Angola Deports Chinese “Gangsters”

The BBC reports on the extradition of Chinese nationals who have been making an illicit living in Angola:

Angola has extradited 37 Chinese nationals, accused of extortion, kidnappings, armed robberies and running prostitution rings.

They allegedly targeted other Chinese, kidnapping businessmen for ransom and sometimes burying victims alive.

They lured women to Angola, promising well-paid jobs, but then forced them into prostitution, Chinese police said.

Tens of thousands of Chinese live in Angola, and Chinese state-run firms have large interests in the country.

As noted above, most of the victims were law-abiding Chinese nationals seeking a livelihood in Angola. AP reports on the experiences of some of those targeted:

To protect themselves, Chinese businessmen in Angola hired bodyguards, purchased bullet-proof vehicles, built homes that were difficult to access and disguised themselves when they went out, the article said.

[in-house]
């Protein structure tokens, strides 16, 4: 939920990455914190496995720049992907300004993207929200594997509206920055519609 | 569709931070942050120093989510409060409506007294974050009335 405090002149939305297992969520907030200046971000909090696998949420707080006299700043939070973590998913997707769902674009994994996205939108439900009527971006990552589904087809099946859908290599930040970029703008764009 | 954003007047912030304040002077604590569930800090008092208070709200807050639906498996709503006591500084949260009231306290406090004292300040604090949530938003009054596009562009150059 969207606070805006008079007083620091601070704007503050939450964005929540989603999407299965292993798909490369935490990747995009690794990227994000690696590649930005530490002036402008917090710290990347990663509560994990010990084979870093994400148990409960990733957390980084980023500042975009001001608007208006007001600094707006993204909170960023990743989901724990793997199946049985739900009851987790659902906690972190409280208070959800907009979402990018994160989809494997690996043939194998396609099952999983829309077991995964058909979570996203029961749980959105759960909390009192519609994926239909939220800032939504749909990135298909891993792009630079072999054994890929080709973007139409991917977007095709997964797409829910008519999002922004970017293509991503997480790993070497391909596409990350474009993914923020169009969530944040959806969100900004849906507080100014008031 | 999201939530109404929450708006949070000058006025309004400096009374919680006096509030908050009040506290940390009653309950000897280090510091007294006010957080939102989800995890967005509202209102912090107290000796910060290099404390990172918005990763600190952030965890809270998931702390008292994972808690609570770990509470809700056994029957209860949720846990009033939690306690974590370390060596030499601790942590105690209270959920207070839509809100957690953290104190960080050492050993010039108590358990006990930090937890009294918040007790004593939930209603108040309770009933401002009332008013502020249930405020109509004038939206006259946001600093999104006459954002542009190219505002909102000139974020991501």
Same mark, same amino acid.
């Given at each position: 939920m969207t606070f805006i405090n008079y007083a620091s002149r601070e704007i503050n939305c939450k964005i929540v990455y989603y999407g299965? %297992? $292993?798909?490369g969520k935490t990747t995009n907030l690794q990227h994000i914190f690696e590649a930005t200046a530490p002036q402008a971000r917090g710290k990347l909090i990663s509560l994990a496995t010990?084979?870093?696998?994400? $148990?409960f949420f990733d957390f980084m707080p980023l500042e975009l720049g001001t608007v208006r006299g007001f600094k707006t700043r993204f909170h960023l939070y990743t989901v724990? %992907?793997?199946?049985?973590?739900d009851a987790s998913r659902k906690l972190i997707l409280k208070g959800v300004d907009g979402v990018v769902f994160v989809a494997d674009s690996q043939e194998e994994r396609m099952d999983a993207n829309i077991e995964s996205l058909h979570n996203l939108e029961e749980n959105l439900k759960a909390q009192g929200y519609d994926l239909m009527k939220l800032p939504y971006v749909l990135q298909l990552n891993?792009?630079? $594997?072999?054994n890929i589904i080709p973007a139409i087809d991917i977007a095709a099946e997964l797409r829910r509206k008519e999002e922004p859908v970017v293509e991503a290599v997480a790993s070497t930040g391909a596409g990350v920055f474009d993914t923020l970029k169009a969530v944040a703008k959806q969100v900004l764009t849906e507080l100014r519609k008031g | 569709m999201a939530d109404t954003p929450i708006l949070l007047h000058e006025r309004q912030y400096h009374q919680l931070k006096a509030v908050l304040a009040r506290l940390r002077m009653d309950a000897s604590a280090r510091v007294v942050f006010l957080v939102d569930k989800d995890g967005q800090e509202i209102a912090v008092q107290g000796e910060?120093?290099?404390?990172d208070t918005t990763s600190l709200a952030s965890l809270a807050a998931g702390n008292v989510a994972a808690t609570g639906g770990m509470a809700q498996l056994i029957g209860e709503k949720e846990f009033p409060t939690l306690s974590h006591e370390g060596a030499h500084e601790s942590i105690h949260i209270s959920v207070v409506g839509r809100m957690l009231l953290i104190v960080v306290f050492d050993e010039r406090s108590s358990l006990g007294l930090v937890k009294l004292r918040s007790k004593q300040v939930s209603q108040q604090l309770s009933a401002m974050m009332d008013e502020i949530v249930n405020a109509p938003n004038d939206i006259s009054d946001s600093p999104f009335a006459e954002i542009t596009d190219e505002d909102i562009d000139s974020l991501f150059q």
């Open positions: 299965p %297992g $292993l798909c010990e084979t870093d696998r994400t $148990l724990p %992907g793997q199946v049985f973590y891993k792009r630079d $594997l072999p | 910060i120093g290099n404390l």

The news site said there were 14 kidnapping cases in 2011 and five people died. Out of fear, many Chinese businesses closed down in the country’s capital of Luanda and elsewhere, it said.

[…]Another China Police article described the experience of two Chinese women lured to Angola with the promise of well-paying jobs in a Chinese restaurant there.

Once in Angola, they were forced into prostitution, the article said.

The Telegraph describes the Chinese task force assigned to deal with these “gangsters”:

In April this year Angolan and Chinese authorities signed an agreement to reinforce their battle against the criminals following a plea for help from China’s Embassy in Luanda.

Then, in July, a Chinese police task force reportedly arrived in Angola to crack down on 12 Chinese gangs and rescue 14 “victims” many of whom had been forced into prostitution. In early August 400 Chinese and Angola launched a series of raids on their targets, making 37 arrests. Twenty-four “accomplices” were arrested in the Chinese provinces of Fujian and Anhui, Xinhua reported.

August 26, 2012 4:49 PM
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Categories: China & the World, Law